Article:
Friday, March 7, 2014

5 Things to Take In Your First Year

Teachers jobs are NOT easy. By now most of us know this, minus the critics who think they can overpower any thing, but let's be real... Not just ANYONE is cut out for teaching. The saddest part of that statement, is that some teachers aren't cut out for teaching, but they're here. Heck, they're all over. But, what can you do, right? 

I have had friends who went through the entire education program in college, all of the hours, the internships, the seminars, and then stepped foot into their own classroom and RAN. I am writing this as a first year teacher who walked in thinking I had somewhat of an idea of what to expect, HA! Here are my TOP FIVE things that I have learned to ignore, soak in, and appreciate my first year teaching.

1. Veteran teachers, please don't tell first year teachers they will lose their "spunk."
This reallllllly bothers me. I don't know if it's just me, and if it is I'm sorry. BUT -- I pray to GOD, I NEVER lose this passion I have for what I do. It's what I have known I wanted to do since 6th grade. It's what I live to do in all honesty. I love these babies as if they were my own, they will walk out of here in June and 19 little pieces of me will be gone. I spend all my extra money on my classroom to make my days more fun, to make them remember what we have done. I don't EVER, EVER want to get to a year where I am just done, and repeatedly say that over and over. That breaks my heart. These babies, no matter if it's your first year or your sixteenth year, they will ALWAYS need us.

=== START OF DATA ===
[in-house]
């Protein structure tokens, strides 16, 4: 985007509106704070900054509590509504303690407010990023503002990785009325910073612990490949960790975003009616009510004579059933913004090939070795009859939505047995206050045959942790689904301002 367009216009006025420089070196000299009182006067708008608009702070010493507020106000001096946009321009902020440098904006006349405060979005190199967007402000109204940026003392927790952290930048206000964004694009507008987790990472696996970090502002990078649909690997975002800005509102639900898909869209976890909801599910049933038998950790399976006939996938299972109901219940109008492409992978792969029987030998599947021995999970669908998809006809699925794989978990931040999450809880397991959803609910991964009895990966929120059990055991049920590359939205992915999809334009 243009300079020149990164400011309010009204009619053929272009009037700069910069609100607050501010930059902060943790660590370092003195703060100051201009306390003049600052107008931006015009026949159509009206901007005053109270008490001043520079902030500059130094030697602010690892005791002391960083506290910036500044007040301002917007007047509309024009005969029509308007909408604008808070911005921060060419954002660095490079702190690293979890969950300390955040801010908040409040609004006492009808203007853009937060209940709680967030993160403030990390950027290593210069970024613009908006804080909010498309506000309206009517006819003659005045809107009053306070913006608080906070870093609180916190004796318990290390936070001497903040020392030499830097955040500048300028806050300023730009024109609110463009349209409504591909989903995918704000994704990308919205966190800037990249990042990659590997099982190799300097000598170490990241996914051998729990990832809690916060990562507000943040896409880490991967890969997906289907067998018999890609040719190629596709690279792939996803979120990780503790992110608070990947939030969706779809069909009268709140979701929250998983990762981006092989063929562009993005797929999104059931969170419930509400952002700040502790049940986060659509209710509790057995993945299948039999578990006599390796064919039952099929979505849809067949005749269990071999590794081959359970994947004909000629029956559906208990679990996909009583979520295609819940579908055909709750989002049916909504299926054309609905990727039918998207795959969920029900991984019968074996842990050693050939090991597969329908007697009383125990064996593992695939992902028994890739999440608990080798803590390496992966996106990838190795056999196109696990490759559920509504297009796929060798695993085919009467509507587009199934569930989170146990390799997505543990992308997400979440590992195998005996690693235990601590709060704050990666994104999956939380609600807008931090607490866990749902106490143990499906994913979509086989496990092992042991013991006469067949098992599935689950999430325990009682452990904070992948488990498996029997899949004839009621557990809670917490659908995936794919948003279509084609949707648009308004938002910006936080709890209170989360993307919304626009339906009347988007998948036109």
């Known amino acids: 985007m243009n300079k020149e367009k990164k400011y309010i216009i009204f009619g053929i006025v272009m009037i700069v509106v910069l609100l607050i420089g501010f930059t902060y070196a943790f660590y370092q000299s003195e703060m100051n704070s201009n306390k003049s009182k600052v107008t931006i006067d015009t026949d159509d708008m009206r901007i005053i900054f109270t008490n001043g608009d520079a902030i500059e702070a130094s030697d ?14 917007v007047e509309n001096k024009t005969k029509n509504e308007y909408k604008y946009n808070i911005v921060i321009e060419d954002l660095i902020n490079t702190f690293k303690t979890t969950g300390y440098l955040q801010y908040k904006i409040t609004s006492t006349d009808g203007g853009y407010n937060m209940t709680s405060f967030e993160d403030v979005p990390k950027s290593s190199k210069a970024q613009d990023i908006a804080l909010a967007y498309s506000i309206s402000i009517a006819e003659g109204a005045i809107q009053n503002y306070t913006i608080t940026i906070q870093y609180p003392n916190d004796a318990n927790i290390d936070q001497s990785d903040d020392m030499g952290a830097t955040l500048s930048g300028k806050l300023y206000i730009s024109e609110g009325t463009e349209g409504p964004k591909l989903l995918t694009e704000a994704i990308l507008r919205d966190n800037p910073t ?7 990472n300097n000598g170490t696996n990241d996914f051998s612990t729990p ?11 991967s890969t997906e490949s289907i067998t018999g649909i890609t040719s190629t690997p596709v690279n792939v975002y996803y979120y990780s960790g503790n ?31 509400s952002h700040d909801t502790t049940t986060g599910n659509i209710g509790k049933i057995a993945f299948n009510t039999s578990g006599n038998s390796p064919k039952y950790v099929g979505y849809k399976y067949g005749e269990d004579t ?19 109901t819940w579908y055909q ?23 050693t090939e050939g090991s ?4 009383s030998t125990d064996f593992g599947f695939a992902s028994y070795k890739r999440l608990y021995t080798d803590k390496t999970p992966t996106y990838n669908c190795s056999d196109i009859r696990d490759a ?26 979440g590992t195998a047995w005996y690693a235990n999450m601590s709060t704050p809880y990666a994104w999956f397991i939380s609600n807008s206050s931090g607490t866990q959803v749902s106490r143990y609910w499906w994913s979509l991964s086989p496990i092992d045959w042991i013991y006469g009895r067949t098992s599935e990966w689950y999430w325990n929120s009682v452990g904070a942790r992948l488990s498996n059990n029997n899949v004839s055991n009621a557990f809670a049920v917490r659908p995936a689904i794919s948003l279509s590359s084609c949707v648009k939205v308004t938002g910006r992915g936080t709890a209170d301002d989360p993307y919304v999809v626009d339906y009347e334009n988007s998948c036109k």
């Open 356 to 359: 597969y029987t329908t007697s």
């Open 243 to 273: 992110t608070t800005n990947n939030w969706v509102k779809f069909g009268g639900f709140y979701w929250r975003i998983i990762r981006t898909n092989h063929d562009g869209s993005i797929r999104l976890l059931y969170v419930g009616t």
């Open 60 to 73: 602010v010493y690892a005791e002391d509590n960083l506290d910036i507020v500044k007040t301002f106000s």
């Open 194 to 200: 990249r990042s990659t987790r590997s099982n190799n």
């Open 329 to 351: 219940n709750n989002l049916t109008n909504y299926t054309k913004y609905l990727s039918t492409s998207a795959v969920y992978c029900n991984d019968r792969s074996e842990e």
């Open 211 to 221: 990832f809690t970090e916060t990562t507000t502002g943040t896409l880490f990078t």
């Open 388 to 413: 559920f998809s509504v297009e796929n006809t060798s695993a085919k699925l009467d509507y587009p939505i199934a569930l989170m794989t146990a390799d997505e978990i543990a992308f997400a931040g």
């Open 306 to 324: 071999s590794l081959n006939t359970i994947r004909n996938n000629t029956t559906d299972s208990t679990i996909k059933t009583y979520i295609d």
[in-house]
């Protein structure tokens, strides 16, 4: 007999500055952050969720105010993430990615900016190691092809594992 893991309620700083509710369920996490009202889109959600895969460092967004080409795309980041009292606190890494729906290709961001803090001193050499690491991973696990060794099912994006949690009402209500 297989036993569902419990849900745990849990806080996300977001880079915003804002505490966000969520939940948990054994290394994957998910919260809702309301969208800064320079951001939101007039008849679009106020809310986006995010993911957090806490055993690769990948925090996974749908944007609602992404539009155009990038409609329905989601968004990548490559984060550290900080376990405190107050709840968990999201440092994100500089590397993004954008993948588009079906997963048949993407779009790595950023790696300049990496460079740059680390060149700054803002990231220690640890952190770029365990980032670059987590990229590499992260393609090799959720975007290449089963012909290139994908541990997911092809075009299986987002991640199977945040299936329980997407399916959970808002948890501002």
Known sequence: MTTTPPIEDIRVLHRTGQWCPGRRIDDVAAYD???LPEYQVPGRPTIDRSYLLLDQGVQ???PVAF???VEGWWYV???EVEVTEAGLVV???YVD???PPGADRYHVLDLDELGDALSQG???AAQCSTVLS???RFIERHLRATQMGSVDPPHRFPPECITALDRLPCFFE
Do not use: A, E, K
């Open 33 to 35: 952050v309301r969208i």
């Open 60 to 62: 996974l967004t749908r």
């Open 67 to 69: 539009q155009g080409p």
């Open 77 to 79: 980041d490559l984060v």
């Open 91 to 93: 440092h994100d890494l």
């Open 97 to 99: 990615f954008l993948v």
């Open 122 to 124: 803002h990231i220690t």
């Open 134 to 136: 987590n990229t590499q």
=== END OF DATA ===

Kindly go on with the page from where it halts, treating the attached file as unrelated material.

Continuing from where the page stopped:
2. Veteran teachers, don't push your judgement. 
I am not trying to talk down to the experienced, what-so-ever. But I walked in this year being BOMBARDED by several teachers regarding students behaviors and what my expectations should be of these children and left with good luck, they're terrible. Excuse me? Isn't it your job to ensure that they don't get "left behind." How can you tell someone that every single negative thing you can think of about a child and then leave with "good luck." I was very upset and all of the remarks I was being told, and I can honestly say my response to all of it was, I have high expectations for ALL of my kiddos. Not just the "high", or "smart" ones, they all walk into my classroom with the exact same capabilities in my eyes. I will not place one higher than the other based off of past experiences. Oh gosh, this really bothered me so badly. I will send my kiddos to 1st grade with their positives, and if I have any concerns they will be addressed in a positive state, not a label for any of these children. Your labels, and your judgements should be your own opinions which should not be conversed with new teachers or even any teacher receiving that child. Any body could take that and immediately have an annoyance with a child they haven't even met yet. How is that allowing that child to walk into a classroom with a chance? It's not, just don't. Please. 

3. College did NOT prepare you.